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Fighting wage theft in Iowa CityFighting wage theft in Iowa City

first_imgIowa City, Iowa – Workers are demanding justice for labor violations committed by Georgia-based Rimax Contractors during construction of the University of Iowa Children’s Hospital last year.Members of the Center for Worker Justice of Eastern Iowa (CWJ) hosted a press conference and public demonstration outside the hospital on Dec. 15, charging Rimax with violations of state and federal law, including payroll fraud, misclassification, failure to provide check stubs, making unlawful payroll deductions and unlawfully retaliating against workers.In June, Silvia Williams and four other construction workers were recruited by Rimax from Puerto Rico for drywall work on the new hospital. After a while Williams noticed that her paychecks did not reflect the hours she had worked. The nonprofit group CWJ, based in Iowa City, examined the statements and discovered evidence of payroll abuse by Rimax.“Iowa law requires employers to provide workers with a written statement of hours worked, amount earned and any deductions made from their pay,” according to CWJ. The check stubs reviewed “list only a lump sum payment with no other information.” Rimax failed to pay Social Security and payroll taxes, and wrongly referred to employees as “independent contractors” when they were hired as hourly employees.“Many companies misclassify their employees to evade their duty to pay Social Security contributions, provide workers’ compensation and follow employment laws,” noted a CWJ press release promoting the Dec. 15 press conference and demonstration.After realizing she was not the only one being affected, Williams raised these concerns to a Rimax manager. She was fired the following day. According to documents obtained by Workers World, Rimax told Williams to stay in Iowa City with the promise of moving her to a new job site. Yet Rimax cut off Williams’ housing payments, leaving her homeless while waiting for another job which has yet to materialize.In a Dec. 1 letter addressed to Jason Miller, director of project management at the UI Hospitals and Clinics, CWJ President Mazahir Salih states, “Rimax made at least two deductions made from Silvia Williams’ pay without her written consent, including a deduction for the cost of two nights of her housing.” Such actions are prohibited by the National Labor Relations Act and the Iowa Wage Payment Collection Act.When neither Rimax nor Minuti Ogle Co. Inc. (an Oakdale, Minn., company which hired Rimax as a labor broker) replied to the charges, CWJ filed complaints with the Labor Division and Misclassification Unit of Iowa Workforce Development.It is important to note this is not the first time Rimax has been accused of violating workers’ rights. As reported by the Louisiana Record in 2015, a group of workers hired by Rimax in New Orleans filed a class action suit against the company, alleging they were not paid for overtime in violation of the Fair Labor Standards Act. Such abuses are quite common in Iowa, as they are just about anywhere in the U.S.It was not long before a group of low-wage workers and allies in CWJ became involved, and have since championed Williams’ cause and that of her fellow workers.CWJ Executive Director Rafael Morataya, a first-generation immigrant turned labor activist, told WW, “I know how difficult it is to leave your home and struggle to adapt to a new culture and language, the importance of finding allies and the damage that discrimination causes.”Starting his work in the U.S. as a custodian, Morataya witnessed injustices in the workplace. “I decided I wanted to be the kind of person who stood up for dignity for myself and my co-workers, so I got involved in the union.”As CWJ continues to fight on behalf of Williams and other Rimax employees, the group announced on Jan. 7 that they will continue defending the gains made by Iowa workers and others across the country last year.Since the 2016 presidential election, to quote a CWJ press release from Dec. 27, “We have seen a spread of racism, xenophobia, and apathy for low-wage workers in our news and in our communities. With Trump’s coming presidency, there promises to be many struggles ahead for low-wage workers, people of color, and immigrants.”FacebookTwitterWhatsAppEmailPrintMoreShare thisFacebookTwitterWhatsAppEmailPrintMoreShare thislast_img read more

CELEBRATION: Troy Nutrition Center marks 40 years of serviceCELEBRATION: Troy Nutrition Center marks 40 years of service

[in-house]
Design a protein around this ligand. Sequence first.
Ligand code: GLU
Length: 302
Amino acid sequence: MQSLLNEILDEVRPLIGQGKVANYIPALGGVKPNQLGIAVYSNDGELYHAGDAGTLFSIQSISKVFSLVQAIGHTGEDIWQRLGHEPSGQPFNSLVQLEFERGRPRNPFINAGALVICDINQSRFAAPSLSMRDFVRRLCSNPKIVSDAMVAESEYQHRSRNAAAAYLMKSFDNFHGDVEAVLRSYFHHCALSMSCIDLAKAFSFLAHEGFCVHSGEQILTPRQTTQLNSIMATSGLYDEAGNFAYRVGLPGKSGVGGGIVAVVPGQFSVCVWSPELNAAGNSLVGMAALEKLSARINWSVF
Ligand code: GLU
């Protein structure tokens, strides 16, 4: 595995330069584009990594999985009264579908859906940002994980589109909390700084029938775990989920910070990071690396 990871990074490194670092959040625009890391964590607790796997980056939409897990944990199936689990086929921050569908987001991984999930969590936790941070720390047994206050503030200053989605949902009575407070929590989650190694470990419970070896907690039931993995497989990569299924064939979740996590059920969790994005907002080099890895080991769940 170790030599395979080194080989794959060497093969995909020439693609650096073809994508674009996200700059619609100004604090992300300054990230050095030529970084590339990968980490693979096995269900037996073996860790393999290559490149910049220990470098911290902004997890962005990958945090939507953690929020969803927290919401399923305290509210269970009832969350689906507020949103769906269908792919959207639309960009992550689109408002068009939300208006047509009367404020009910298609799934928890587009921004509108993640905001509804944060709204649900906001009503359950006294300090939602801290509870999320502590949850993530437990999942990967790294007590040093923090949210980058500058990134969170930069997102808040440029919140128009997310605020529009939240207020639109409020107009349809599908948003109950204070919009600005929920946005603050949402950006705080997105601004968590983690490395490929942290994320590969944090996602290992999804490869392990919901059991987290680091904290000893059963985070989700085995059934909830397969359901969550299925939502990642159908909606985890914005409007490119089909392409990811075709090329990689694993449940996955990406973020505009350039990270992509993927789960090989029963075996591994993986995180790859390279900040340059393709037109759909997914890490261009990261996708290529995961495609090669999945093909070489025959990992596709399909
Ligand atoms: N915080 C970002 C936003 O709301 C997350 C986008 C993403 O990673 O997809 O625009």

first_imgLatest Stories Remember America’s heroes on Memorial Day Print Article Book Nook to reopen Sponsored Content “Good things are happening at the Troy Nutrition Center and we look forward to another 40 years and more,” she said. “We have the best and we are the best.”For information about the Troy Nutrition Center call 566-0201. CELEBRATION: Troy Nutrition Center marks 40 years of service By Jaine Treadwell Email the author The Penny Hoarder Issues “Urgent” Alert: 6 Companies… “The Troy Nutrition Program has been at different locations but with the same purpose,” Deveridge said. “We are here to provide a good, nutritious lunch for our clients for their physical health and fun and fellowship for their mental and emotional well-being.”The Troy Nutrition Center provides 123 meals a day to senior citizens in Troy and Pike County.“We have 50 clients who come to the center for lunch and we provide 73 take out meals for those who are unable to come to the center,” Deveridge said. “For those who come to the center, this is their home away from home. They look forward to coming here for the fellowship, for Bible study and choir. They come to play dominoes, checker, Bingo and Wii games. We’ve got it all.”Deveridge said senior adults who stay active and involved are less likely to become lonely and depressed. “It has been found that activity and good emotional health can prolong life,” Deveridge said. “The Troy Nutrition Center is a great place to come and be among seniors who are enjoying life and continuing to make contributions to their community. Mayor Reeves was so right. This building is filled with blessings, 50 of them every day and they make life better and brighter for all of us,” she said.The Troy Nutrition was recently granted five additional slots and Deveridge said more growth is certain in the future.center_img Plans underway for historic Pike County celebration You Might Like Troy University professor found dead A Troy University professor was found dead on Wednesday when university police responded to an apartment on Park Street to… read more By The Penny Hoarder Pike County Sheriff’s Office offering community child ID kits Around the WebIf You Have Ringing Ears Do This Immediately (Ends Tinnitus)Healthier LivingMd: Do This Immediately if You Have Diabetes (Watch)Blood Sugar BlasterHave an Enlarged Prostate? Urologist Reveals: Do This Immediately (Watch)Healthier LivingWomen Only: Stretch This Muscle to Stop Bladder Leakage (Watch)Healthier LivingRemoving Moles & Skin Tags Has Never Been This EasyEssential HealthGet Fortnite SkinsTCGThe content you see here is paid for by the advertiser or content provider whose link you click on, and is recommended to you by Revcontent. As the leading platform for native advertising and content recommendation, Revcontent uses interest based targeting to select content that we think will be of particular interest to you. We encourage you to view your opt out options in Revcontent’s Privacy PolicyWant your content to appear on sites like this?Increase Your Engagement Now!Want to report this publisher’s content as misinformation?Submit a ReportGot it, thanks!Remove Content Link?Please choose a reason below:Fake NewsMisleadingNot InterestedOffensiveRepetitiveSubmitCancel Shelia Deveridge, center director, said the growth of the center has been tremendous over the 40 years and she envisions even greater future growth.The Troy nutrition program started on Segars Street and topped out there at 25 clients. The program center was moved to the Dunbar Housing Authority, then to the senior center on Elm Street and now to its “forever” home on East Walnut Street in downtown Troy.Charlie Terry, age 96, is the only client who was with the nutrition program when it began 40 years ago and continues to participate today. Published 3:00 am Thursday, January 19, 2017 Troy falls to No. 13 Clemson Patrons of the Troy Nutrition Center celebrated its 40th anniversary on Wednesday. The center hosts more than 50 clients daily, for meals; fellowship; and activities that range from bingo to sing-alongs. “For those who come to the center, this is their home away from home,” said director Shelia Deveridge.The Troy Nutrition Center turned 40 years young on Wednesday, and the clients celebrated in fine fashion, looking back at the center’s history and ahead to its future.In surveying the gathering of senior adults, Troy Mayor Jason A. Reeves said he was looking at the many years of blessings that have been bestowed upon the Troy community.“And, each and every one of you is a blessing and special to the City of Troy,” he told the senior adults.last_img read more